After the break we looked at Information Extraction which is not really text analysis (for interpretation.) It is about extracting facts and entities from a text. He showed Open Calais and dbpedia Spotlight. He mentioned the GATE system as offering tools for extracting knowledge. This connects with Greg Crane's points in "What to do with a million books."
Information Filtering: Tobias talked about information filtering where you use filters to an incoming document flow. He ended his session with a Yahoo Pipes exercise.
Owen Conlan: From Concepts to Knowledge
Owen talked about how we represent knowledge on the computer. He presented a classical view of meaning as a symbol (word "jaguar") that points to a real object (the jaguar in the jungle). He then talked about ways that we represent knowledge on a computer:
He then talked about graphs and how computers can infer things from graphs and that led to ontologies. A well formed ontology "is one that is expressed in a well-defined syntax that has a well-defined machine interpretation consistent with the above ontology definition."
I found myself trying to remember the philosophy of language and logic classes I used to take and how ontologies in a knowledge engineering sense map onto discussions in philosophy. Here are a few questions:
We discussed the recent industry Schema.org initiative to standardize on microdata.
Alexander O'Connor: An overview of the semantic web and linked data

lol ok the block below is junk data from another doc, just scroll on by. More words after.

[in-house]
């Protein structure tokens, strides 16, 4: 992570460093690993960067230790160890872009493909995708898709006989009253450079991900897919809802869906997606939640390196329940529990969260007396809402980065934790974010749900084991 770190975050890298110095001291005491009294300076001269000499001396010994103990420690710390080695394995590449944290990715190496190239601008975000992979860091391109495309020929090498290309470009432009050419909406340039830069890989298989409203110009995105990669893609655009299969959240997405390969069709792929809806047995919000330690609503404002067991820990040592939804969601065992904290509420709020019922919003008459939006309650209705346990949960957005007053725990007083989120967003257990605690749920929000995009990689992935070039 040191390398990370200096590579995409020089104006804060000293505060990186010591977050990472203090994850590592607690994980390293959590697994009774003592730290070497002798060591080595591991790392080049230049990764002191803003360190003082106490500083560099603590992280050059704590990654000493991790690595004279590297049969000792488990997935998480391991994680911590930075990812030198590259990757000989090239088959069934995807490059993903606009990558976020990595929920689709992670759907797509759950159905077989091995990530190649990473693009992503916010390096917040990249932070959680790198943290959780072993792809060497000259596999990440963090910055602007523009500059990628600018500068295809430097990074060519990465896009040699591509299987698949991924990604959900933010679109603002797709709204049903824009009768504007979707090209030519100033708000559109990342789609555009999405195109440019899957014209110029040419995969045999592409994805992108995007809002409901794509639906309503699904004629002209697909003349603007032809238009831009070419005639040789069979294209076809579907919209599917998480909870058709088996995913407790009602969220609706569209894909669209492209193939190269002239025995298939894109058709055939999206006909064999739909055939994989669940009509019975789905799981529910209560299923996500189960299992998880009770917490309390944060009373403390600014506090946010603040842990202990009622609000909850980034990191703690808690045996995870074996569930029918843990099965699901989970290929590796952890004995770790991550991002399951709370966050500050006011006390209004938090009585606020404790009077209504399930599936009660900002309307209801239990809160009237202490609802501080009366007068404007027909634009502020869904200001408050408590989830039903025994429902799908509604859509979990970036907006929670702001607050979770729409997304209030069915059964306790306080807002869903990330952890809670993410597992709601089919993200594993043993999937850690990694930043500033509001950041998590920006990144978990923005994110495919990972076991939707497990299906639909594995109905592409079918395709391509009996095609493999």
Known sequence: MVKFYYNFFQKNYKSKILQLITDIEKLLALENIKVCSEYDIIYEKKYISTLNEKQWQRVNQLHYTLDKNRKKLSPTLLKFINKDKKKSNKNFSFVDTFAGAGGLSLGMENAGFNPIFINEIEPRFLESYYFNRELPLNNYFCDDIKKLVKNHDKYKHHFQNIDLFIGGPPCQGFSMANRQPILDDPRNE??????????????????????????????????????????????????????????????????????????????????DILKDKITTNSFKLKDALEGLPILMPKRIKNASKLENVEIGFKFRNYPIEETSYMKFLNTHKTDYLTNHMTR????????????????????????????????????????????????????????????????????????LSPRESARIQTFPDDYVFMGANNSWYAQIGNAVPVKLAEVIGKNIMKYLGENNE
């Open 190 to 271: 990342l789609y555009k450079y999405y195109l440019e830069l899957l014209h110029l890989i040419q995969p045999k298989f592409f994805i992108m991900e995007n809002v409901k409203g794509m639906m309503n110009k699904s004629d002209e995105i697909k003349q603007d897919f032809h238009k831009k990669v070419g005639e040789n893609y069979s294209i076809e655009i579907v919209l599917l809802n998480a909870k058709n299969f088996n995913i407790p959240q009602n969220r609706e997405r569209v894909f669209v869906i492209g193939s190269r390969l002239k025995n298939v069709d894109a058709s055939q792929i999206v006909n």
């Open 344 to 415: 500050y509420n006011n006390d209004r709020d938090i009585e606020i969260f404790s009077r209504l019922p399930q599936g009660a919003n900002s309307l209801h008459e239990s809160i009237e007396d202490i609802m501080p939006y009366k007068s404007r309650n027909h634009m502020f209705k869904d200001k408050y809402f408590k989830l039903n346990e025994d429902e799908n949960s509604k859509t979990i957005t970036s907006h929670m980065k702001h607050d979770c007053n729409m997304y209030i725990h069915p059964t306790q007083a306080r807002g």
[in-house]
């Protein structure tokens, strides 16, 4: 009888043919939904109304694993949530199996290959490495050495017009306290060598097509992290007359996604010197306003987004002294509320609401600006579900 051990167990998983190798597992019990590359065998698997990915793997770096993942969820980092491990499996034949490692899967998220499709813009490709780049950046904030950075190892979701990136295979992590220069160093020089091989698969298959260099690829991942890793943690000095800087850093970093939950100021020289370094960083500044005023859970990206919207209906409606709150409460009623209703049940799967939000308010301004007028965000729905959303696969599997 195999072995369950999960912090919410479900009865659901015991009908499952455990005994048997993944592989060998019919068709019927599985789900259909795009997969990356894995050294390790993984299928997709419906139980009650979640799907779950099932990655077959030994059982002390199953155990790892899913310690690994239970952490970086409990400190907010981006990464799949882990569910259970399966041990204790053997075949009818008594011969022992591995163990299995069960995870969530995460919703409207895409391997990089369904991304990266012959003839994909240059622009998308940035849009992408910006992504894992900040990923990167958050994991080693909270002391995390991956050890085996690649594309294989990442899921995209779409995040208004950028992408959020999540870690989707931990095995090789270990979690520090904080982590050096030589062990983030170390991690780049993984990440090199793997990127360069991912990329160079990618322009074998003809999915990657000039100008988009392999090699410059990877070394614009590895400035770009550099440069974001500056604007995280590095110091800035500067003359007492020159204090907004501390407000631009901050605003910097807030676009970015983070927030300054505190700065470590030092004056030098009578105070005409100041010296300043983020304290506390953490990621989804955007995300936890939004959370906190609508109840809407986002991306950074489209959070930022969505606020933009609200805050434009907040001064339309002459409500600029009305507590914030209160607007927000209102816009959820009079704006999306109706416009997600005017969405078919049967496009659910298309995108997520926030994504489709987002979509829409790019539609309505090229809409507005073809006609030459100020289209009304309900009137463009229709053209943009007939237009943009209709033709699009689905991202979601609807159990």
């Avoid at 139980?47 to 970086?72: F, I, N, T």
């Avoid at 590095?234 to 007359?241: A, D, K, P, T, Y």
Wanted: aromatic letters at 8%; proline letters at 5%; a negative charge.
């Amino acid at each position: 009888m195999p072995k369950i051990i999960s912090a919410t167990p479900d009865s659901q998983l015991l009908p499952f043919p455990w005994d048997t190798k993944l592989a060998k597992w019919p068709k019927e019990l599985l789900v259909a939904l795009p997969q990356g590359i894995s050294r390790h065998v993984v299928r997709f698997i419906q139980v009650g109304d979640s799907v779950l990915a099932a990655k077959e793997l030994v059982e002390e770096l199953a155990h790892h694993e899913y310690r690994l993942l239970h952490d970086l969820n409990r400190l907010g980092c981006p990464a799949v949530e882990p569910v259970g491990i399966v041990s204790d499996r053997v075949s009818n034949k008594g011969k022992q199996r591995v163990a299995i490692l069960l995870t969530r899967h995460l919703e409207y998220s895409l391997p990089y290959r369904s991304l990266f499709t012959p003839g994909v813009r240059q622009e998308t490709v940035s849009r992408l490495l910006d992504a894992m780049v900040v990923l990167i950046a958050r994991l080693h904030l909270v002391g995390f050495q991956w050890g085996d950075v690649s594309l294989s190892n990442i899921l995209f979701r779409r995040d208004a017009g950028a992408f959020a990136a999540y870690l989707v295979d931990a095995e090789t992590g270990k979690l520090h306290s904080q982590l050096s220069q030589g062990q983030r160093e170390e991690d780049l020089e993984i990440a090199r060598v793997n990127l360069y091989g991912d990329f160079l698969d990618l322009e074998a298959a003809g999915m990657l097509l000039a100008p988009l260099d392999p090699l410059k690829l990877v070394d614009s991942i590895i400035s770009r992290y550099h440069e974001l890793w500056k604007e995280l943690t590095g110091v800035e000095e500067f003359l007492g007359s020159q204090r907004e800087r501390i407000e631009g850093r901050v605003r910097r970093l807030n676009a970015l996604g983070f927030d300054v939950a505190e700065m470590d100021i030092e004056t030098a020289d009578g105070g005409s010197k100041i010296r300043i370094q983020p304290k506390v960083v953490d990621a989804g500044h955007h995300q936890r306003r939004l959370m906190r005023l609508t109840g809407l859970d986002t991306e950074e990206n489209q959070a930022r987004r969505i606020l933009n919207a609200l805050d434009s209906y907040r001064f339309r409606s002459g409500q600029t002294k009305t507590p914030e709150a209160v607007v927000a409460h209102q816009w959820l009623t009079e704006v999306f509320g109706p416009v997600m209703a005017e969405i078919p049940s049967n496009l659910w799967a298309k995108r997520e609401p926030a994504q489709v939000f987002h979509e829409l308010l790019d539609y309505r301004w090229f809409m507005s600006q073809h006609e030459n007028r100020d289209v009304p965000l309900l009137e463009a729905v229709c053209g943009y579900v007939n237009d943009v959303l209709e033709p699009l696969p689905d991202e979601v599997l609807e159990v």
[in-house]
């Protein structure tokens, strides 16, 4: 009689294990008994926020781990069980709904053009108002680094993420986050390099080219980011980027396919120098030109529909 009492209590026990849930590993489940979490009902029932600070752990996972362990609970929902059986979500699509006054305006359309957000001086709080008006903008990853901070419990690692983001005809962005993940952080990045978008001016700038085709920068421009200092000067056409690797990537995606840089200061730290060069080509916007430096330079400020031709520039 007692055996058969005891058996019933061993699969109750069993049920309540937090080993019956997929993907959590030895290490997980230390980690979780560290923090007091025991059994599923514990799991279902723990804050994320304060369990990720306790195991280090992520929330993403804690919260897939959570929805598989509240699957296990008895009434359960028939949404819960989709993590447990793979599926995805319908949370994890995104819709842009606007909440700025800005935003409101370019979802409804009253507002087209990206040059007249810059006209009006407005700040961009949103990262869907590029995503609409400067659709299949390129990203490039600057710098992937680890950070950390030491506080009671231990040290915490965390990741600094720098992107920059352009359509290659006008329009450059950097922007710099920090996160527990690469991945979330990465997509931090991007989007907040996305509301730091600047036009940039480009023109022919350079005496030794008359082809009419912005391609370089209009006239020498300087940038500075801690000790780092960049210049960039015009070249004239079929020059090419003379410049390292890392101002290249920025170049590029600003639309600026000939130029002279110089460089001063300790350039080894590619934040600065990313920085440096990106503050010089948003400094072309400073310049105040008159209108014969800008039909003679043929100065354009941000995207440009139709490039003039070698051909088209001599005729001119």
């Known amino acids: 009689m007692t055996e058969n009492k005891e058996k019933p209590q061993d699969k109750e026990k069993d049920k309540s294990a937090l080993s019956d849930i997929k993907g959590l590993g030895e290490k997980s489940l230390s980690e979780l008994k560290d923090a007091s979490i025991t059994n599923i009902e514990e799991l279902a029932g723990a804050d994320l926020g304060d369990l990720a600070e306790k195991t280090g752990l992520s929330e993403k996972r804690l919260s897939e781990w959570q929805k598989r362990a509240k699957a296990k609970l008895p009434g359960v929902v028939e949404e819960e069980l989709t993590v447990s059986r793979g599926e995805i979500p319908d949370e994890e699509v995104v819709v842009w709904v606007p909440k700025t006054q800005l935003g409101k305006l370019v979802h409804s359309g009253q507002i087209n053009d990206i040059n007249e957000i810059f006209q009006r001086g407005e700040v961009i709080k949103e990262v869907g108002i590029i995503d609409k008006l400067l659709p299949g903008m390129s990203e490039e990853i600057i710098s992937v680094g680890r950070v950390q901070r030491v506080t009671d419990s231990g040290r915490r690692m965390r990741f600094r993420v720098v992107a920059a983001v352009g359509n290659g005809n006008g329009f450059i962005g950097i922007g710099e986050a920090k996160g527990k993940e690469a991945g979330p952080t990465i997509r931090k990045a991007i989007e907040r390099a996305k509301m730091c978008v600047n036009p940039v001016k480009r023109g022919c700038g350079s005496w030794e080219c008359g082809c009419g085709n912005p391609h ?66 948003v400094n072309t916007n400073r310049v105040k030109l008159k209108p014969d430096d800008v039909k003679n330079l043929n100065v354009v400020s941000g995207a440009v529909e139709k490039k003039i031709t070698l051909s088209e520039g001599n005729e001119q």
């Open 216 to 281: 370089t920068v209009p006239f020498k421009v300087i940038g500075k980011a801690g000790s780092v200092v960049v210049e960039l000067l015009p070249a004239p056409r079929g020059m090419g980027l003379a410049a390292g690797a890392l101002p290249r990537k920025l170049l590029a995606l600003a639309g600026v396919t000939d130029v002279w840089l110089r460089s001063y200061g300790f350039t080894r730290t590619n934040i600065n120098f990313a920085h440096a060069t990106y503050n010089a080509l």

Alexander walked us through RDF and SPARQL. RDF is not XML and XML is not RDF. You can serialize RDF in XML, but you don't have to. He showed TURTLE
Alexander had us playing with SNORQL which lets you try SPARQL queries against the dbpedia.
Alexander used http://typewith.me/ so we could give feedback during the lecture.
Owen Conlan: Use Case: Introduction and Discussion: Linking Data for the Humanities
Owen closed off the day by giving us a picture of where things are going and how linked data can be used in the Humanities. He talked about DBpedia.
The Vision is:
A URI that identifies a real-world object != URI that identifies a document about that object. We can make statements about the real object and about the document that describes it. How do we link these? Owen talked about two approaches, 202 Redirects and Fragments.
To publish your data you need:
Laura Mandell showed how they use RDF in NINES.
To search RDF out that has been shared see http://ckan.net/ - it is a registry of open linked data
Day 5: Case Studies
On day 5 we looked at case studies provided by participants. We used these to talk through how you bring all the technologies together in a real project. The group I was in had a lively discussion about cataloging and linking museum artefacts. Museums have databases of their data, now they are experimenting with linked data, but there are questions about the importance of quality, the uses of metadata, whether Google might be easier for users, and the costs of good metadata. Here is are some of the questions we were discussing:
We talked about how one can use the Mechanical Turk or image games (or other forms of crowdsourcing) to improve metadata, create it, and provide alternatives.